(1) To determine whether JAB1 and p27 protein expression is a good marker in breast carcinoma; (2) To examine whether the Jab1 gene is amplified, and (3) To evaluate whether JAB1 can be a therapeutic target in cancer. We will use an innovative gene therapy approach to downregulate the endogenous level of JAB1 or to re-express a degradation-resistant form of p27 in mouse xenograft models, to reestablish a G1 checkpoint. We have already successfully used both strategies in cell lines and obtained growth arrest and apoptosis.
We will use tissue microarrays and immunohistochemical and statistical methods to analyze the expression of p27 and JAB1 in archival sections from approximately 250 tissue samples from patients who underwent surgery prior any chemotherapy at M. D. Anderson. Samples from normal breast tissues and tumor tissues (early, late, and mestastatic stages, from grades I-III) will be selected. We will also include in situ ductal carcinoma as early stage. Jab1 amplification will be evaluated on tissue arrays by fluorescence in situ hybridization. We will evaluate the efficacy of an adenovirus vector driven antisense-JAB1 and a nondegradable form of p27 in a xenograft model and test whether this approach promotes growth arrest and apoptosis.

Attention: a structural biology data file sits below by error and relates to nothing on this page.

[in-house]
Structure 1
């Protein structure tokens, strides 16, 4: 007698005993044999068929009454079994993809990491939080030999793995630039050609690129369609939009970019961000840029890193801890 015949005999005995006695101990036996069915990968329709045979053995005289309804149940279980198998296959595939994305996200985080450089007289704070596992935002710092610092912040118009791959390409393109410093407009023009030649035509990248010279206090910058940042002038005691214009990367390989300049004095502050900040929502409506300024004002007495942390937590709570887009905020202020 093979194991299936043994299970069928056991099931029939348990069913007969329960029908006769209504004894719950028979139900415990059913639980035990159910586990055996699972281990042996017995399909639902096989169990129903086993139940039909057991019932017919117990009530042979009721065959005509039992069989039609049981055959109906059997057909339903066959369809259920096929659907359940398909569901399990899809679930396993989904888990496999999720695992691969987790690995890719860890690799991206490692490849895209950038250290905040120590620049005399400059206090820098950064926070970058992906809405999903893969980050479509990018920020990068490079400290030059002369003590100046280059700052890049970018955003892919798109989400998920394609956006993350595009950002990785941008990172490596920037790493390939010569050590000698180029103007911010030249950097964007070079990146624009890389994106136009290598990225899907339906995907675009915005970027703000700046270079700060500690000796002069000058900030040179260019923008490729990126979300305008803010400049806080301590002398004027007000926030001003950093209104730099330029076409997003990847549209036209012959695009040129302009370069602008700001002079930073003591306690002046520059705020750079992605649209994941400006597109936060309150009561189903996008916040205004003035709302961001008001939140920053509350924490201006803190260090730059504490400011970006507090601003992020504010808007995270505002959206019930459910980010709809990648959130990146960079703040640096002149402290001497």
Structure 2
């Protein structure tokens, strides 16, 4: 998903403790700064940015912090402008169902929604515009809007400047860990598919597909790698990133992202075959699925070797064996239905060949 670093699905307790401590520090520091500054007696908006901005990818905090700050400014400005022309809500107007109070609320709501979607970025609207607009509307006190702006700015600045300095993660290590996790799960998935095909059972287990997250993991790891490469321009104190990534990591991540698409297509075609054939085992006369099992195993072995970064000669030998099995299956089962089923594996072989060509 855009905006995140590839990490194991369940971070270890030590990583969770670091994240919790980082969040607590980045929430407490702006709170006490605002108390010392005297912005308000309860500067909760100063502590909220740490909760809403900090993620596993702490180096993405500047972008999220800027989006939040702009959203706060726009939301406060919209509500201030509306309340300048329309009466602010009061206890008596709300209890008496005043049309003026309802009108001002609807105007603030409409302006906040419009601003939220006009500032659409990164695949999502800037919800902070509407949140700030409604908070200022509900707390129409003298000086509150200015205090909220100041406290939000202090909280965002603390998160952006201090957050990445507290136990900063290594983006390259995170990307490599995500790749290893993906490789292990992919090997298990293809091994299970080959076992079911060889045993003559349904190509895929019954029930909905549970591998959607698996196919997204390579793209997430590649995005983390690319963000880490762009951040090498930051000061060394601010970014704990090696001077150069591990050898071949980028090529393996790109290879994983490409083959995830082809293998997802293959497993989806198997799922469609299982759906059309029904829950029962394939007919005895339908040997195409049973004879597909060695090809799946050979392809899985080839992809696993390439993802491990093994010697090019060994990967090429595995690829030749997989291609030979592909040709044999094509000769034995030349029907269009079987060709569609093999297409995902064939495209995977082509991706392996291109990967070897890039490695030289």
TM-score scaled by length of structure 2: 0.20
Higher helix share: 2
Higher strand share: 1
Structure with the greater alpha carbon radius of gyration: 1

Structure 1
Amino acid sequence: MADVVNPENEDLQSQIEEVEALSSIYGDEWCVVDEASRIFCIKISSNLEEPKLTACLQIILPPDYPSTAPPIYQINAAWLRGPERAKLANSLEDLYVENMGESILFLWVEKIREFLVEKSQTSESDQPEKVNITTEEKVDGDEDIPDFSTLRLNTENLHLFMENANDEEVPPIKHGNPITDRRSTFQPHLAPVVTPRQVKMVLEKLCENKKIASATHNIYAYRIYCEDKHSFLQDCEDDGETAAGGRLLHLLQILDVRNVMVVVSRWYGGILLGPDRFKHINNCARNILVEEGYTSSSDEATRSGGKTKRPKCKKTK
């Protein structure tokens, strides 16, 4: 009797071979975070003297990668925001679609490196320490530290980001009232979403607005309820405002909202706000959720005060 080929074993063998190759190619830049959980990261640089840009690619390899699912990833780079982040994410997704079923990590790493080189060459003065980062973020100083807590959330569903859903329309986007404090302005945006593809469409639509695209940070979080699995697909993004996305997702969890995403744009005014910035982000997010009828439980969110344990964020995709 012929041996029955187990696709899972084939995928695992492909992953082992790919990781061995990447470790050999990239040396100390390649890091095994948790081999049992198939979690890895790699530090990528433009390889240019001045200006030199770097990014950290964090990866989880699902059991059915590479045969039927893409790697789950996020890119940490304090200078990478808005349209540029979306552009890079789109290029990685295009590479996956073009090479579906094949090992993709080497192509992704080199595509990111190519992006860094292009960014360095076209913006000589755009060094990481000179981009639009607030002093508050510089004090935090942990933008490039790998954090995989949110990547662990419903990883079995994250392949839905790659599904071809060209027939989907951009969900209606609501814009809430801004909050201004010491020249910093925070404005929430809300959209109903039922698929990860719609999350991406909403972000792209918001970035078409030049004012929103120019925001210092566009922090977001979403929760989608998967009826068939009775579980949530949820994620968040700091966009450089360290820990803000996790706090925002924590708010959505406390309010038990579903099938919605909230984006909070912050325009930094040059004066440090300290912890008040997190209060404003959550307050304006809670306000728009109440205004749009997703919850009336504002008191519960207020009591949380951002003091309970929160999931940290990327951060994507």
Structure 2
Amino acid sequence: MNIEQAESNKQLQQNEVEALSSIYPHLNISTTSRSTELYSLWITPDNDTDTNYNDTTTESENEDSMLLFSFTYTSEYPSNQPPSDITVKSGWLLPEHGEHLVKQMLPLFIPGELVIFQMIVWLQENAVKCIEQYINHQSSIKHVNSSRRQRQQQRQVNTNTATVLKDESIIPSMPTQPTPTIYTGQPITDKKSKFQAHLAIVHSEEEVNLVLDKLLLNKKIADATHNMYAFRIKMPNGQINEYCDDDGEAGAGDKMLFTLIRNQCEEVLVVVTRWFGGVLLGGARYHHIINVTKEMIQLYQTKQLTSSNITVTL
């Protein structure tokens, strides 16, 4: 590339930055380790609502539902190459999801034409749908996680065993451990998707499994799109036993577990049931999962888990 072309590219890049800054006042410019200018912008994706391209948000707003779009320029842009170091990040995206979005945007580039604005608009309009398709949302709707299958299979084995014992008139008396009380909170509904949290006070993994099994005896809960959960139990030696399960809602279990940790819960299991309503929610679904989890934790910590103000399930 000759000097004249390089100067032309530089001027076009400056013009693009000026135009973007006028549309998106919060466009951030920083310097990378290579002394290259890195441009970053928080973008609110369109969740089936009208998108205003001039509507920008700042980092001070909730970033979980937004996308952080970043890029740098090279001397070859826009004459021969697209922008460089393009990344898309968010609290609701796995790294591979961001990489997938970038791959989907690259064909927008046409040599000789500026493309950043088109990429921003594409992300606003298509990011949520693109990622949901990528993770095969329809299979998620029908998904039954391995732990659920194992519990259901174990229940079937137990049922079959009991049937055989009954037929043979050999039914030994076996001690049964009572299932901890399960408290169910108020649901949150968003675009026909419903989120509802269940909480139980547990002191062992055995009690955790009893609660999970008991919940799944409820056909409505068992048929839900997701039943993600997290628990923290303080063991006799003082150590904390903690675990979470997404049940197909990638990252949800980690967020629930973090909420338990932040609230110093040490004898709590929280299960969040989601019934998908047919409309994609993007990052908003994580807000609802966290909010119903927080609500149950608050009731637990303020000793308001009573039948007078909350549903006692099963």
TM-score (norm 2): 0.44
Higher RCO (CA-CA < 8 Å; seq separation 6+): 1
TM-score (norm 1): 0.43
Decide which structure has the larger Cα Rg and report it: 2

More knowledge about the mechanisms regulating p27 expression and function could improve our understanding of cell growth and tumorigenesis. The identification of JAB1 in metastatic breast cancer has a potential biomarker is novel. Development of a new prognosis marker for early or late stage breast cancer would be invaluable. Our preliminary clinical study demonstrated that the JAB1:p27 ratio may be a novel indicator of aggressive, high-grade tumor behavior and that JAB1 could be a novel target for therapy.
"JAB1-Mediated p27 Degradation as a Prognostic Factor and a Therapeutics Target for Breast Cancer"
Breast cancer is the most frequently diagnosed cancer in Western women and the leading cause of death in U.S. women ages 40 to 55. Currently, more than 200,000 women in the United States and almost 1 million women worldwide are diagnosed with breast cancer every year. Advances in treatment for breast cancer are progressing, but research is still critical for the improvement of therapies, the development of new biological markers, and the identification of susceptibility genes for breast cancer.